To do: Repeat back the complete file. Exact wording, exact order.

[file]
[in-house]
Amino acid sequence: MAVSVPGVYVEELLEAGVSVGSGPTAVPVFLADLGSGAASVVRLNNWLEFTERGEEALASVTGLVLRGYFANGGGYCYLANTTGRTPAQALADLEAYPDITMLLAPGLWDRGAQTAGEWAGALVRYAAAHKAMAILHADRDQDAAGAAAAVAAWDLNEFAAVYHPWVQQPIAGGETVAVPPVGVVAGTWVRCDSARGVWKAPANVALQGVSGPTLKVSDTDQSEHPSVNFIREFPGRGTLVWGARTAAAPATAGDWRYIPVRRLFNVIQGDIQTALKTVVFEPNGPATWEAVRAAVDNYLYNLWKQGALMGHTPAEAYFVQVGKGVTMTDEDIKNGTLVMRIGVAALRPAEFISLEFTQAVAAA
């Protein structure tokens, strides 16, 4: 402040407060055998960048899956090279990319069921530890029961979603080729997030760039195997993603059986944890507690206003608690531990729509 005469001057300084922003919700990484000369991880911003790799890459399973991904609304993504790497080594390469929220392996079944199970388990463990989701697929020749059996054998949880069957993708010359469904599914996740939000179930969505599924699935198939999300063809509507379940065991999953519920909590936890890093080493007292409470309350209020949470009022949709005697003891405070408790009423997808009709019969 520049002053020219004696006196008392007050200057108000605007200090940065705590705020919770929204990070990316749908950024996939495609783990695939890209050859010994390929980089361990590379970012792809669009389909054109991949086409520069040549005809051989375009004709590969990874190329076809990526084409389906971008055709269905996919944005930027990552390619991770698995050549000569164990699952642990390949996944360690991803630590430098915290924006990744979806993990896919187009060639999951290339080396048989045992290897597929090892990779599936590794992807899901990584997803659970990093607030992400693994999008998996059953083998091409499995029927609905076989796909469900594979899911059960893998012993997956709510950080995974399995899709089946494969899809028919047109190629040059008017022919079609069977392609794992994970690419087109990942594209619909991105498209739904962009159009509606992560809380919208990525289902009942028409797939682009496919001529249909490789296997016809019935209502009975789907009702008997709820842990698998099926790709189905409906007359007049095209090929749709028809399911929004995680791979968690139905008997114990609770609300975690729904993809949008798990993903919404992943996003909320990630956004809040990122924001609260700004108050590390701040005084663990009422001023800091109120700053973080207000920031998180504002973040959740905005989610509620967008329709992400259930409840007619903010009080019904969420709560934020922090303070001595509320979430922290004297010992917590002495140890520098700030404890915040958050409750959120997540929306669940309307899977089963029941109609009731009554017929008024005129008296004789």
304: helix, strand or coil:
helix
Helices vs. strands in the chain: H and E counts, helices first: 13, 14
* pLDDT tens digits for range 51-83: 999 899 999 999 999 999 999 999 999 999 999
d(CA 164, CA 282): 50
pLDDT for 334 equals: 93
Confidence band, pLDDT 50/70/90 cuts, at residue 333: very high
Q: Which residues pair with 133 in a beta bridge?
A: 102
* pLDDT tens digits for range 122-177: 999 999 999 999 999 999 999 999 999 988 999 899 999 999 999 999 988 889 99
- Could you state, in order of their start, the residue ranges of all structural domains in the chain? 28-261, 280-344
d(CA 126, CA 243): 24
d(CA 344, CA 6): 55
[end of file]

[in-house]
Amino acid sequence: MAVSVPGVYVEELLEAGVSVGSGPTAVPVFLADLGSGAASVVRLNNWLEFTERGEEALASVTGLVLRGYFANGGGYCYLANTTGRTPAQALADLEAYPDITMLLAPGLWDRGAQTAGEWAGALVRYAAAHKAMAILHADRDQDAAGAAAAVAAWDLNEFAAVYHPWVQQPIAGGETVAVPPVGVVAGTWVRCDSARGVWKAPANVALQGVSGPTLKVSDTDQSEHPSVNFIREFPGRGTLVWGARTAAAPATAGDWRYIPVRRLFNVIQGDIQTALKTVVFEPNGPATWEAVRAAVDNYLYNLWKQGALMGHTPAEAYFVQVGKGVTMTDEDIKNGTLVMRIGVAALRPAEFISLEFTQAVAAA
């Protein structure tokens, strides 16, 4: 402040407060055998960048899956090279990319069921530890029961979603080729997030760039195997993603059986944890507690206003608690531990729509 005469001057300084922003919700990484000369991880911003790799890459399973991904609304993504790497080594390469929220392996079944199970388990463990989701697929020749059996054998949880069957993708010359469904599914996740939000179930969505599924699935198939999300063809509507379940065991999953519920909590936890890093080493007292409470309350209020949470009022949709005697003891405070408790009423997808009709019969 520049002053020219004696006196008392007050200057108000605007200090940065705590705020919770929204990070990316749908950024996939495609783990695939890209050859010994390929980089361990590379970012792809669009389909054109991949086409520069040549005809051989375009004709590969990874190329076809990526084409389906971008055709269905996919944005930027990552390619991770698995050549000569164990699952642990390949996944360690991803630590430098915290924006990744979806993990896919187009060639999951290339080396048989045992290897597929090892990779599936590794992807899901990584997803659970990093607030992400693994999008998996059953083998091409499995029927609905076989796909469900594979899911059960893998012993997956709510950080995974399995899709089946494969899809028919047109190629040059008017022919079609069977392609794992994970690419087109990942594209619909991105498209739904962009159009509606992560809380919208990525289902009942028409797939682009496919001529249909490789296997016809019935209502009975789907009702008997709820842990698998099926790709189905409906007359007049095209090929749709028809399911929004995680791979968690139905008997114990609770609300975690729904993809949008798990993903919404992943996003909320990630956004809040990122924001609260700004108050590390701040005084663990009422001023800091109120700053973080207000920031998180504002973040959740905005989610509620967008329709992400259930409840007619903010009080019904969420709560934020922090303070001595509320979430922290004297010992917590002495140890520098700030404890915040958050409750959120997540929306669940309307899977089963029941109609009731009554017929008024005129008296004789």
304: helix, strand or coil:
helix
Helices vs. strands in the chain: H and E counts, helices first: 13, 14
* pLDDT tens digits for range 51-83: 999 899 999 999 999 999 999 999 999 999 999
d(CA 164, CA 282): 50
pLDDT for 334 equals: 93
Confidence band, pLDDT 50/70/90 cuts, at residue 333: very high
Q: Which residues pair with 133 in a beta bridge?
A: 102
* pLDDT tens digits for range 122-177: 999 999 999 999 999 999 999 999 999 988 999 899 999 999 999 999 988 889 99
- Could you state, in order of their start, the residue ranges of all structural domains in the chain? 28-261, 280-344
d(CA 126, CA 243): 24
d(CA 344, CA 6): 55